the construction industry. A feasibility study is key to show the client that
their new luxurious multi-storey office block fits their purpose of business.
The procurement method for this project needs to be chosen in the design stage.
In the concept stage of RIBA, it introduces the design and specifications this
is of high importance to the build for which HRD require with their
requirements being so prestige. Next, you find the development stage in the
RIBA, as seen in the assignment brief the final decision on the type of
structural frame used has not been yet decided. There would have to be an
agreement reached for the next stage to be grasped and planning permission be
issued ahead of the project. The pre-construction phase of RIBA would then need
the prepared project to be submitted. This would enable contractors to tender
bids to be awarded the project.

Methods
of Procurement:

 

There are
different procurement routes (contracts) that offer many benefits and risks to
clients. The three top leading procurement methods in construction are

–         
Traditional

–         
Design
& Build

–         
Management
Orientated methods

For a client
to select the correct procurement method they have to select the route that
best suits their personal requirements. This is a crucial stage of each and
every project. Regarding our scenario, we will look at considering our client
needs to recognize which procurement method best fits the requirements,
experience and skills for this project.

 

Traditional
Procurement –

This method
of procurement is the most common form of construction contract. Under a fixed
lump sum where the cost is built up from a scope of works and drawings. An
architect is appointed to manage the design and cost. This route of procurement
puts a lot of risk and responsibility on the client although all the design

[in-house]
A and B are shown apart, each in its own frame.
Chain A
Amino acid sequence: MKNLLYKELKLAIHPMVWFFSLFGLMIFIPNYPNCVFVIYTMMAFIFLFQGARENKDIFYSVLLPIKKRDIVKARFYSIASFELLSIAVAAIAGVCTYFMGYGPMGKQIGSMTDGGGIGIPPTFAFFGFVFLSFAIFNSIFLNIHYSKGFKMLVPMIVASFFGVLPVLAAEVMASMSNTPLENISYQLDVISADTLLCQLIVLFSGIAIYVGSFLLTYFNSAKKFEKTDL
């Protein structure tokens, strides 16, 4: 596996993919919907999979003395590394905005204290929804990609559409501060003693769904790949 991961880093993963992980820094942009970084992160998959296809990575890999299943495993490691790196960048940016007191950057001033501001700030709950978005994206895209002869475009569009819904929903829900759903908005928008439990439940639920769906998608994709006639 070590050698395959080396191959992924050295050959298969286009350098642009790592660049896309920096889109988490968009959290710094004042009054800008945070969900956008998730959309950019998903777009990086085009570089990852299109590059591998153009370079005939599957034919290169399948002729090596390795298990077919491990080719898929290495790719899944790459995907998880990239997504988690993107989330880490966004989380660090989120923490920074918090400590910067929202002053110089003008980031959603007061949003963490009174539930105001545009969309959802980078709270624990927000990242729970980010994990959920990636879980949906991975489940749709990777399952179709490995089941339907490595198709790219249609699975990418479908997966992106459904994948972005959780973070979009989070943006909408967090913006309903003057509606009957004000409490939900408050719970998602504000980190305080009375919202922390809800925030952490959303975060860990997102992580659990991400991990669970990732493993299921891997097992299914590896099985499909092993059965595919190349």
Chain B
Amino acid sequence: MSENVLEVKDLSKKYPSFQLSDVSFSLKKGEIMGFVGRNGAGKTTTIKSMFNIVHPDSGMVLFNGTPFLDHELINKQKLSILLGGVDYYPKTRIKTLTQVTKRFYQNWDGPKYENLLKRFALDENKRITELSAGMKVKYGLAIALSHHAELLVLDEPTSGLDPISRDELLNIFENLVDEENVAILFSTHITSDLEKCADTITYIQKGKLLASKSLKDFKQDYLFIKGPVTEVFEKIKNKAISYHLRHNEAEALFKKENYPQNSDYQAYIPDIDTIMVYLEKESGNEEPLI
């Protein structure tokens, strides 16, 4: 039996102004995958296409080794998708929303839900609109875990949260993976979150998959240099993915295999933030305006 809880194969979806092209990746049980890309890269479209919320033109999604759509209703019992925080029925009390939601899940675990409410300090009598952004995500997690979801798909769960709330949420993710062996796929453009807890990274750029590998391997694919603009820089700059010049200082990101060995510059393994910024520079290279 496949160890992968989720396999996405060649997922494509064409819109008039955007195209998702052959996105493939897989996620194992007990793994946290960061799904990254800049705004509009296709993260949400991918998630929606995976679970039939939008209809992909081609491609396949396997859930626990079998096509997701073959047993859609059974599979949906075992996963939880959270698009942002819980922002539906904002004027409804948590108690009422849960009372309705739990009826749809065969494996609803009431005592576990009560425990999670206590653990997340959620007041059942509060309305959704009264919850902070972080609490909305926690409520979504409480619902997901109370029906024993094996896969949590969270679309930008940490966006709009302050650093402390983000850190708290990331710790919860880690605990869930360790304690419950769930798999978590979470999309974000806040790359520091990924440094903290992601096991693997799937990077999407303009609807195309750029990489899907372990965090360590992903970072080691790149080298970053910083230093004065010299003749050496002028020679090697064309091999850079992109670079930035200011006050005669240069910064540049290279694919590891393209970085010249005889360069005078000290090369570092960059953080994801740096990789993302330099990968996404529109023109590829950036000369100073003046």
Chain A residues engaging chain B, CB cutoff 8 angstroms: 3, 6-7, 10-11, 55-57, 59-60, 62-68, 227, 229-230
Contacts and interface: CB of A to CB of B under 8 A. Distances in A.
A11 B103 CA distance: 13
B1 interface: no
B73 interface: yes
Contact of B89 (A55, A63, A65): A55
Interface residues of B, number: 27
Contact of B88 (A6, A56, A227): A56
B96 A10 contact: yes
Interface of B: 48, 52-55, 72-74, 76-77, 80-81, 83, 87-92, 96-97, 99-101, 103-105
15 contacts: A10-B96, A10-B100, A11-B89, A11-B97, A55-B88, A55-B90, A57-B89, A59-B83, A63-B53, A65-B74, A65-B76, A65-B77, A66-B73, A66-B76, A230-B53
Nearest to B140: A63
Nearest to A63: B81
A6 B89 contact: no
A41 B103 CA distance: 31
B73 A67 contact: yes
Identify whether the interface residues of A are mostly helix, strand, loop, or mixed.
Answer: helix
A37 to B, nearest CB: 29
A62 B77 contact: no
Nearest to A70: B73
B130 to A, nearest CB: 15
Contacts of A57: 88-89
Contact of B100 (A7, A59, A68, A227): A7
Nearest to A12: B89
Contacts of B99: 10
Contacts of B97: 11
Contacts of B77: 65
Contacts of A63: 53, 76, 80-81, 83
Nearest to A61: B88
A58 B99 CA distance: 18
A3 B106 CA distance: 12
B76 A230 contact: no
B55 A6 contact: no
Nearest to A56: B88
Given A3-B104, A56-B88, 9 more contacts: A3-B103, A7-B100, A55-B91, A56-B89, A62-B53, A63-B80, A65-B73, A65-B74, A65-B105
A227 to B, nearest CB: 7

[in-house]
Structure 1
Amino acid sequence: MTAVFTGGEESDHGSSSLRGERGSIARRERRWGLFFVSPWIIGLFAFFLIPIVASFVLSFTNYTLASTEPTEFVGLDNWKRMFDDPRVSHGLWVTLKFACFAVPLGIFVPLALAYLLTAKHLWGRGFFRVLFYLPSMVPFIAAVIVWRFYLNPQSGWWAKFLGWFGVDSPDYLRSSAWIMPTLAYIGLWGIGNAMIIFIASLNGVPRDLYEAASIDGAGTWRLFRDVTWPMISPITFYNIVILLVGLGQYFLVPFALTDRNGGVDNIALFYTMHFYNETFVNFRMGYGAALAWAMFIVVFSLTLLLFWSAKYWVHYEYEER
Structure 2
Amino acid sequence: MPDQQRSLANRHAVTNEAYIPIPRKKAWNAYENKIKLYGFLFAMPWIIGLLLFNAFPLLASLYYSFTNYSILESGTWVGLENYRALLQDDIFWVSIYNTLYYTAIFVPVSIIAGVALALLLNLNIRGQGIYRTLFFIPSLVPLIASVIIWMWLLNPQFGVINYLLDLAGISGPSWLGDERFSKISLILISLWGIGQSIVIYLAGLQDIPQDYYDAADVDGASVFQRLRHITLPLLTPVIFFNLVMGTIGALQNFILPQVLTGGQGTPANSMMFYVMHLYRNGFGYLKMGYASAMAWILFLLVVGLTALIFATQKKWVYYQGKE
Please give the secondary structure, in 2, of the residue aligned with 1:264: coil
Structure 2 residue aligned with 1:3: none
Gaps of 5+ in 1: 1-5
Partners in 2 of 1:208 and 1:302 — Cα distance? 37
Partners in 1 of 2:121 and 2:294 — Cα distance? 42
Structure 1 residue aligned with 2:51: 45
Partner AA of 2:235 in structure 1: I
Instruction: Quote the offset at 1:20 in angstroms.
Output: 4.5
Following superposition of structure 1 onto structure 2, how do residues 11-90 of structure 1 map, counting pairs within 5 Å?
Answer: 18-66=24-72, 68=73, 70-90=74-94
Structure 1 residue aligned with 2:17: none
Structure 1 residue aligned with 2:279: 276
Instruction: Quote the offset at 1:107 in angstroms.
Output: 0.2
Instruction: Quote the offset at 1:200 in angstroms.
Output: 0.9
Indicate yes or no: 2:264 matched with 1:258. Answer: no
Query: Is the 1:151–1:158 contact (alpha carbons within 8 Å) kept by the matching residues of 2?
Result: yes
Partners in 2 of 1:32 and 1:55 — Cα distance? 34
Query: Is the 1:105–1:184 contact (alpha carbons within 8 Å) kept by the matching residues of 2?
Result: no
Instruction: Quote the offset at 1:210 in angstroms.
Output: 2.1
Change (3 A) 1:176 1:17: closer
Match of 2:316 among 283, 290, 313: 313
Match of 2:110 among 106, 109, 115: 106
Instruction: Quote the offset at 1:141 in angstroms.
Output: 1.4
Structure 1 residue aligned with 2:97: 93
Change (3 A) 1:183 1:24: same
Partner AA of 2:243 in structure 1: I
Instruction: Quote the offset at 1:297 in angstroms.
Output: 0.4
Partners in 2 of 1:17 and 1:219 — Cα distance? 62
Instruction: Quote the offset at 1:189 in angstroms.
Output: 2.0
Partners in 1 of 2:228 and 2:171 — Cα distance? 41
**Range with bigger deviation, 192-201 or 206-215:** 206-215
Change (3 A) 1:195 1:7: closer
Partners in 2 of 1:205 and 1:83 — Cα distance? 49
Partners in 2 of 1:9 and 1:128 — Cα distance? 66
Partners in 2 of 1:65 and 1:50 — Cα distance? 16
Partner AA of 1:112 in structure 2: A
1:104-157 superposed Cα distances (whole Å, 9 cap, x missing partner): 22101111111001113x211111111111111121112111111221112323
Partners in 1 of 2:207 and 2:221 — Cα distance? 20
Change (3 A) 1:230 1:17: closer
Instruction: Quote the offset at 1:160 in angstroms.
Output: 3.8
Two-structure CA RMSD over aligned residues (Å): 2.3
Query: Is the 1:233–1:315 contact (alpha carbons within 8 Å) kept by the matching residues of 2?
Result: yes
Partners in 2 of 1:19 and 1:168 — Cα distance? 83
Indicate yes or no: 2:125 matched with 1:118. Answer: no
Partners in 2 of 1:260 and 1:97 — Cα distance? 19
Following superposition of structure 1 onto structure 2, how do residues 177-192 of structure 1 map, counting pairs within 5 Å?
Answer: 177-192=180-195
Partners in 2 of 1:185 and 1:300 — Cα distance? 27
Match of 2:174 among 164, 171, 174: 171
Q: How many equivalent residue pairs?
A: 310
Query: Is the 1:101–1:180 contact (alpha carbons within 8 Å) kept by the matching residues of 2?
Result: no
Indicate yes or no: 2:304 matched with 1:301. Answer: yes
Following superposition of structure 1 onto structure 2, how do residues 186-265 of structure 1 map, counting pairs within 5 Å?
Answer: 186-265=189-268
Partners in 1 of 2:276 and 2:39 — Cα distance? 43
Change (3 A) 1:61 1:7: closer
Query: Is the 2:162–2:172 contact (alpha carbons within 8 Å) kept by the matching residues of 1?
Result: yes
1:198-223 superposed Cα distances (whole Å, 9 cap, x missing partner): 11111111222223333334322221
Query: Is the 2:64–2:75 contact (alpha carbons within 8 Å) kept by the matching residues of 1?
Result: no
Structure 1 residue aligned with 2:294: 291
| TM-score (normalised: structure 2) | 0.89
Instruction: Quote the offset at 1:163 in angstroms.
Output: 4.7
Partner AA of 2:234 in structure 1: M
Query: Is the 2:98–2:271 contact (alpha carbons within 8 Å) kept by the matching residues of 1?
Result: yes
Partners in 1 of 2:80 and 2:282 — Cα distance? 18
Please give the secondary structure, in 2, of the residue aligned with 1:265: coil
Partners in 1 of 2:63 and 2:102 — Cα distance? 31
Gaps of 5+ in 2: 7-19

work would go directly through your appointed architect. The client would then
appoint a main contractor to carry out the works through bidding; this takes
place usually after the tender process. The chosen main contractor would need
to take all responsibility to all workmanship and materials, which includes
sub-contractors. The main contractor may then appoint other sub-contractors to
carry out specialized work.

This method
of procurement sees the client working very close with the project; this
usually leads to a high quality in work, as there is more control. Looking from
a commercial role, the traditional method of procurement has a large amount of
finances already known due to the tender processing costs being more accurate
with completed design drawings and specifications. The client could be lead
into some issues with variations to drawings and delays. As the design team
have no direct relationship with the main contractor this could lead to
miscommunication through the client. Again, a lot more risk in on the client
with the traditional method of procurement.

 

Design &
Build Procurement –

This
procurement method works with the main contractor being responsible for the
both the design and contraction phases of a project. This route of procurement
can appeal heavily to clients with the main contractor being the single
responsibility for the total project. The contractor will have their own design
team, which they will use on a regular basis although the client can have an
influence on the design and have consultants employed to propose a
specification to contractor. This would be designed and put to the client to
review and possibly negotiate.

Most of
these contracts tend to be made by fixed lump-sum fees, paid in instalments at
certain milestones of the project. The client pledges costs to the entire
project, the design costs and construction. Due to the increase in risk with
the Design & Build procurement route comes greater reward, more profit. If
something was to go wrong in this method, the risk is even higher. Any changes
to the specification can cost the client vastly in this contract with no other
competition for the work the contractor appointed can become very expensive
when it comes to change.

 

Management
Orientated methods –

This route
of procurement sees many different contractors working on one project under a
managing contractor. This managing contractor is employed by the client and
enables them to help design, programme and cost of the project. This route of
procurement can lead to some work being completed prior to the design being
submitted. Although this will speed up the completion of the project, it can
also lead to uncertainty on price, as the design is not yet fully complete. As
no contract sum is established from these early proceedings of work, the client